Europe, NATO and other key US allies may not be inclined to get involved in a direct engagement with Russia, but may rather just support and arm a Ukrainian insurgency or resistance to Russia. However, should enough US and European F-35s be in position to fly several visible formations above Ukraine, it seems realistic it could at least lead Russia to pause and potentially re-think its invasion plans. Russia would seem unlikely to be able to launch a large strong or superior enough force of Su-57s to challenge European F-35s.
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Should Ukraine receive support from the US and its European F-35 partner nations in the form of air support, a large Russian ground force would be greatly imperiled and have trouble avoiding complete destruction from the air.
Russia & US 11th Hour Deal
Could there be an 11th hour deal between the US and Russia able to pause, delay or fully remove the possibility of what many believe is an imminent Russian invasion of Ukraine? Is the Biden administration appeasing Russia on Ukraine or taking a much softer stance?
What about the members of Congress who recently traveled to Kiev and pledged “crippling” sanctions for Russia and large-scale military support to Ukraine should an invasion or “incursion” be attempted?
There seems to be some ambiguity or questions emerging on these questions following President’s Biden’s news conference in which he seemed to distinguish an “incursion” from “invasion” and, according to Ukrainian officials cited in a CNN report, give Putin the equivalent of a “green light.”
Added to this equation is a report in Russia’s TASS news agency which cites a previous discussion between Biden and Putin in which terms or possibilities for avoiding conflict were discussed. The TASS report excerpts remarks from Biden’s press conference:
"The two things [Russian President Vladimir Putin] said to me that he wants <…>. One is that Ukraine will never be the part of NATO. And two - that there will be no strategic weapons in Ukraine. We can work out something on the second piece," the US leader said at a press conference, noting that the relevant reciprocal steps would be expected from Moscow.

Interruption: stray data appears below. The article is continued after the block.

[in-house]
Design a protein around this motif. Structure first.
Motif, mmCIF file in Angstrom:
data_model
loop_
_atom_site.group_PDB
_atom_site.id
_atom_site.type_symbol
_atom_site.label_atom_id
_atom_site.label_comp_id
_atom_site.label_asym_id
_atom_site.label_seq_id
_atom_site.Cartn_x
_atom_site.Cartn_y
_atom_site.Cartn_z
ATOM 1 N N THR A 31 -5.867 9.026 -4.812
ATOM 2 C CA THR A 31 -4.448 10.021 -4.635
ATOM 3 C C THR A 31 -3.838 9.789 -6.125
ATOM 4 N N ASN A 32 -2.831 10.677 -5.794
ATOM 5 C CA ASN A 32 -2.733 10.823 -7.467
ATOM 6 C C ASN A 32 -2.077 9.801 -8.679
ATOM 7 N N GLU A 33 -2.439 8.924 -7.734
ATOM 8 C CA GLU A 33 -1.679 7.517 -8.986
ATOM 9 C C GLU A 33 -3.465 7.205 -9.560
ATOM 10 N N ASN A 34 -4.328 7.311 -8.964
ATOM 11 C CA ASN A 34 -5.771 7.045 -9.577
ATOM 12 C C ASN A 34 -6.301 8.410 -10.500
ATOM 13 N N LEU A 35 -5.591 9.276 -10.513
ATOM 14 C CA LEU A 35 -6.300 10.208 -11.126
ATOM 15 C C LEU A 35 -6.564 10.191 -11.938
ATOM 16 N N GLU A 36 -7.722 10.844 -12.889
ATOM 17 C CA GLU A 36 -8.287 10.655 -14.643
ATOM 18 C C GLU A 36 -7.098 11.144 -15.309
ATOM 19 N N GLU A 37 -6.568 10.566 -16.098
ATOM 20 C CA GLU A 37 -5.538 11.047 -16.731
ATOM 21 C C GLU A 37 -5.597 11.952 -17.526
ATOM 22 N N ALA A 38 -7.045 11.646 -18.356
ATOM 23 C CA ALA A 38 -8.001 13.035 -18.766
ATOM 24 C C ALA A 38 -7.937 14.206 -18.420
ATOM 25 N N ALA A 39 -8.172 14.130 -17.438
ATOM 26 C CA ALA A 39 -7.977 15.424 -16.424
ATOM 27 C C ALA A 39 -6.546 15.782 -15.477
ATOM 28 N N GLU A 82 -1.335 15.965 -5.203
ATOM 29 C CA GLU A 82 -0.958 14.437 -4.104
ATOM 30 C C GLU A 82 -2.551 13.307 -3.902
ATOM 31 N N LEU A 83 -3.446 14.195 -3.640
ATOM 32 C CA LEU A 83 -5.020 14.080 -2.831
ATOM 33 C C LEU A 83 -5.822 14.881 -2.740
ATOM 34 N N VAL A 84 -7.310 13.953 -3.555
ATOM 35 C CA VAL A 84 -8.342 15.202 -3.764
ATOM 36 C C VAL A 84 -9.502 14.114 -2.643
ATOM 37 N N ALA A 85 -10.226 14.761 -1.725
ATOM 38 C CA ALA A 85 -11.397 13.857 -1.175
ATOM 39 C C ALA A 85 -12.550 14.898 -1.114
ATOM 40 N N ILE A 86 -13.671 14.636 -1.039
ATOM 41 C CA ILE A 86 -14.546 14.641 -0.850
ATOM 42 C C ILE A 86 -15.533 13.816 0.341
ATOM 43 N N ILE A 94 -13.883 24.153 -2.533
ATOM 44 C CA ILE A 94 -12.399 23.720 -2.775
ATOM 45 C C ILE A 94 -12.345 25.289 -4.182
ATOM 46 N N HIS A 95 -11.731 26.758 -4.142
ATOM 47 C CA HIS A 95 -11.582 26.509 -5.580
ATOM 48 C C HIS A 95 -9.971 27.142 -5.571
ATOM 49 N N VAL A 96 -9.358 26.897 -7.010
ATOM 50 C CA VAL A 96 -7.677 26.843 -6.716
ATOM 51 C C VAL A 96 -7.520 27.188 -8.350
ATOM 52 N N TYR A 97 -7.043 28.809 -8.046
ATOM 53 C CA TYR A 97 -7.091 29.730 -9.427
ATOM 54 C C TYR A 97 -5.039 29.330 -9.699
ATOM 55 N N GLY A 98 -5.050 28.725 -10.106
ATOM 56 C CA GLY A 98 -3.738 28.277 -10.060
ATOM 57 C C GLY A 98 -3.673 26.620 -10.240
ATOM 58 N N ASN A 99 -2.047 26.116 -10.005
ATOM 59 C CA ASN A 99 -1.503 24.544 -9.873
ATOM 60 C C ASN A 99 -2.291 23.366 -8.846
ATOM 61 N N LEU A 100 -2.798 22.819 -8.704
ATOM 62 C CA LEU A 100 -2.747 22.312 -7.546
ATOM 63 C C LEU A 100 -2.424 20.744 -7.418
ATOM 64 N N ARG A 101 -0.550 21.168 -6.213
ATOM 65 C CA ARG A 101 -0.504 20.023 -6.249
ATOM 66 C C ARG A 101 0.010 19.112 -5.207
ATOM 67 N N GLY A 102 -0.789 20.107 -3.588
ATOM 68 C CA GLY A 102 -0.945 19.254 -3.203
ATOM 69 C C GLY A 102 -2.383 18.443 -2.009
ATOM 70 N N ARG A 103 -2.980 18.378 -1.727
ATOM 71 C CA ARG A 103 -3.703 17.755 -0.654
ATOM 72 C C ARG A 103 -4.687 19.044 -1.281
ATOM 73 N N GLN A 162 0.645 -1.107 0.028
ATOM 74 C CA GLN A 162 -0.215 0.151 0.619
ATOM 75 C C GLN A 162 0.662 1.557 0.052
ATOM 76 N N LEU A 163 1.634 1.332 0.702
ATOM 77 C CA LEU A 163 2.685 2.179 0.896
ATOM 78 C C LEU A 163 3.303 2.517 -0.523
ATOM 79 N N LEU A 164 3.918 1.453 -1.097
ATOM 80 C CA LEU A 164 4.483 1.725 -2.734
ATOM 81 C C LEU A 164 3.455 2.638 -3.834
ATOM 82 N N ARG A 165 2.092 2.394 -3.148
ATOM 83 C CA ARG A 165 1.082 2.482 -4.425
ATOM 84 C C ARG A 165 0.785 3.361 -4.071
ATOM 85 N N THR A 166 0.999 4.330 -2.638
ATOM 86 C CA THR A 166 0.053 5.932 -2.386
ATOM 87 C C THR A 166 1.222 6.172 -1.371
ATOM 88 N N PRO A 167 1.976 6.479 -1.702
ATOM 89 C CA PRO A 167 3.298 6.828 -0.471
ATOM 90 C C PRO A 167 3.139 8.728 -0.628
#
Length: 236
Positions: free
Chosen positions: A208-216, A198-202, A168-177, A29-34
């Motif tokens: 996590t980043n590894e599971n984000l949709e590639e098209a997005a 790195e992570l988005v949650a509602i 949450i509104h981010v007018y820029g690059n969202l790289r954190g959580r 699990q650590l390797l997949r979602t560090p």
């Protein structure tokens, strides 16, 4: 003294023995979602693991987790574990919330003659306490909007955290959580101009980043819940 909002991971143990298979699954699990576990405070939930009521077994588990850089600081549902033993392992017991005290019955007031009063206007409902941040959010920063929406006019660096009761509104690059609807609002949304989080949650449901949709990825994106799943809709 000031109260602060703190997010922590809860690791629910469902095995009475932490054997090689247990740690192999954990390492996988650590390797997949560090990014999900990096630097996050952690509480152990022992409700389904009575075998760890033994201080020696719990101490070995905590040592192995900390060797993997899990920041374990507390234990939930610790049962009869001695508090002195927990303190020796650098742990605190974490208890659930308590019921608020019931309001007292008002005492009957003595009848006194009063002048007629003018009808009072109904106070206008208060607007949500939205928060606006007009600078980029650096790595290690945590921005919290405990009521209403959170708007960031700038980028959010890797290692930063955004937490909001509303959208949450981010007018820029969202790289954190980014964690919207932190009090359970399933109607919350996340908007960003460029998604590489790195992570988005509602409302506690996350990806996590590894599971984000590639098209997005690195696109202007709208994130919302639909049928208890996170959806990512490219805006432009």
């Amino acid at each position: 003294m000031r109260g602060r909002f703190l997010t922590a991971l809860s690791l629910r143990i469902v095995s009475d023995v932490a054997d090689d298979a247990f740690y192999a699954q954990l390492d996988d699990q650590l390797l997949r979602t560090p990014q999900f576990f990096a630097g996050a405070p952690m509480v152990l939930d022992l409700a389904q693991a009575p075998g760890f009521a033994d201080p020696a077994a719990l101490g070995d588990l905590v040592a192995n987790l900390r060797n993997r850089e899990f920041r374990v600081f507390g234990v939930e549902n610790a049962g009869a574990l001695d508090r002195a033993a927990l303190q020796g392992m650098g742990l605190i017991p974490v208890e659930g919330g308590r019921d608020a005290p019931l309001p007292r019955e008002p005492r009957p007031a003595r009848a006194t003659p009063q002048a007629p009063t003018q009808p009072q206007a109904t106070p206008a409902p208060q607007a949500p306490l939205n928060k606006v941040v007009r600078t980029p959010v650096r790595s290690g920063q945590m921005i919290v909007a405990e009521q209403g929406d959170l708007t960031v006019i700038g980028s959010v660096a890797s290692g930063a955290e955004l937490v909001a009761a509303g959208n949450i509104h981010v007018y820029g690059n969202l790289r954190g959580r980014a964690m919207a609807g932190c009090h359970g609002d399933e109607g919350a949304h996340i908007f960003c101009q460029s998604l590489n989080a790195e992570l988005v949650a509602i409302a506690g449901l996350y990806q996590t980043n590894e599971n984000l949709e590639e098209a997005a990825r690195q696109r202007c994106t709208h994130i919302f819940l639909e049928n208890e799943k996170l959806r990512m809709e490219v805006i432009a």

Ukrainian officials are “shocked” and upset, according to the CNN report from Kiev, which quotes Ukrainian officials expressing worry that the US has made some kind of “deal” with the Russians behind closed doors.
Not long after the press conference, the White House released a public statement as if to clarify or maybe even “walk back” some of what Biden might have been interpreted or heard as saying.
"President Biden has been clear with the Russian President: If any Russian military forces move across the Ukrainian border, that's a renewed invasion, and it will be met with a swift, severe, and united response from the United States and our Allies," press secretary Jen Psaki wrote in a statement following Biden's marathon news conference, according to the CNN report.
Kris Osborn is the defense editor for the National Interest and President of Warrior Maven -the Center for Military Modernization. Osborn previously served at the Pentagon as a Highly Qualified Expert with the Office of the Assistant Secretary of the Army—Acquisition, Logistics & Technology. Osborn has also worked as an anchor and on-air military specialist at national TV networks. He has appeared as a guest military expert on Fox News, MSNBC, The Military Channel, and The History Channel. He also has a Masters Degree in Comparative Literature from Columbia University.